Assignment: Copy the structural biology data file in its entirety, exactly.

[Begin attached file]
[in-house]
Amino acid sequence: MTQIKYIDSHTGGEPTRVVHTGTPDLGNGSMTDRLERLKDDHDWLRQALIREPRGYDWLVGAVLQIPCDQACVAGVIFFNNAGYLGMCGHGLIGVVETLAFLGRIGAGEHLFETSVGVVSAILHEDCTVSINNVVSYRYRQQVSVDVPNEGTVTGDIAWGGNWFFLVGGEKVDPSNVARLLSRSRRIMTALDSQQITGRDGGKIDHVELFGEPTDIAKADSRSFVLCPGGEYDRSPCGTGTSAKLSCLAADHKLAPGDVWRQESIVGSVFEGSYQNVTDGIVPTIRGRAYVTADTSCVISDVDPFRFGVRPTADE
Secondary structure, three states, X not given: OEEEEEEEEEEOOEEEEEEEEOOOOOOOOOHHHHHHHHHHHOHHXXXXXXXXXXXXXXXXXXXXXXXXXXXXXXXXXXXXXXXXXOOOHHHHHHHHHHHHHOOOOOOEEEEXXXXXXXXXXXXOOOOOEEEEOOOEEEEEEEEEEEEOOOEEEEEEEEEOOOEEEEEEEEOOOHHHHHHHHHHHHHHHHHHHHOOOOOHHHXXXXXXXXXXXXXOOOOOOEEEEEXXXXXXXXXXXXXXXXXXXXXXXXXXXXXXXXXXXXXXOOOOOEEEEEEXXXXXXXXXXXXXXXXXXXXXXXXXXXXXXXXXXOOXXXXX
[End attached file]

[in-house]
Amino acid sequence: MTQIKYIDSHTGGEPTRVVHTGTPDLGNGSMTDRLERLKDDHDWLRQALIREPRGYDWLVGAVLQIPCDQACVAGVIFFNNAGYLGMCGHGLIGVVETLAFLGRIGAGEHLFETSVGVVSAILHEDCTVSINNVVSYRYRQQVSVDVPNEGTVTGDIAWGGNWFFLVGGEKVDPSNVARLLSRSRRIMTALDSQQITGRDGGKIDHVELFGEPTDIAKADSRSFVLCPGGEYDRSPCGTGTSAKLSCLAADHKLAPGDVWRQESIVGSVFEGSYQNVTDGIVPTIRGRAYVTADTSCVISDVDPFRFGVRPTADE
Secondary structure, three states, X not given: OEEEEEEEEEEOOEEEEEEEEOOOOOOOOOHHHHHHHHHHHOHHXXXXXXXXXXXXXXXXXXXXXXXXXXXXXXXXXXXXXXXXXOOOHHHHHHHHHHHHHOOOOOOEEEEXXXXXXXXXXXXOOOOOEEEEOOOEEEEEEEEEEEEOOOEEEEEEEEEOOOEEEEEEEEOOOHHHHHHHHHHHHHHHHHHHHOOOOOHHHXXXXXXXXXXXXXOOOOOOEEEEEXXXXXXXXXXXXXXXXXXXXXXXXXXXXXXXXXXXXXXOOOOOEEEEEEXXXXXXXXXXXXXXXXXXXXXXXXXXXXXXXXXXOOXXXXX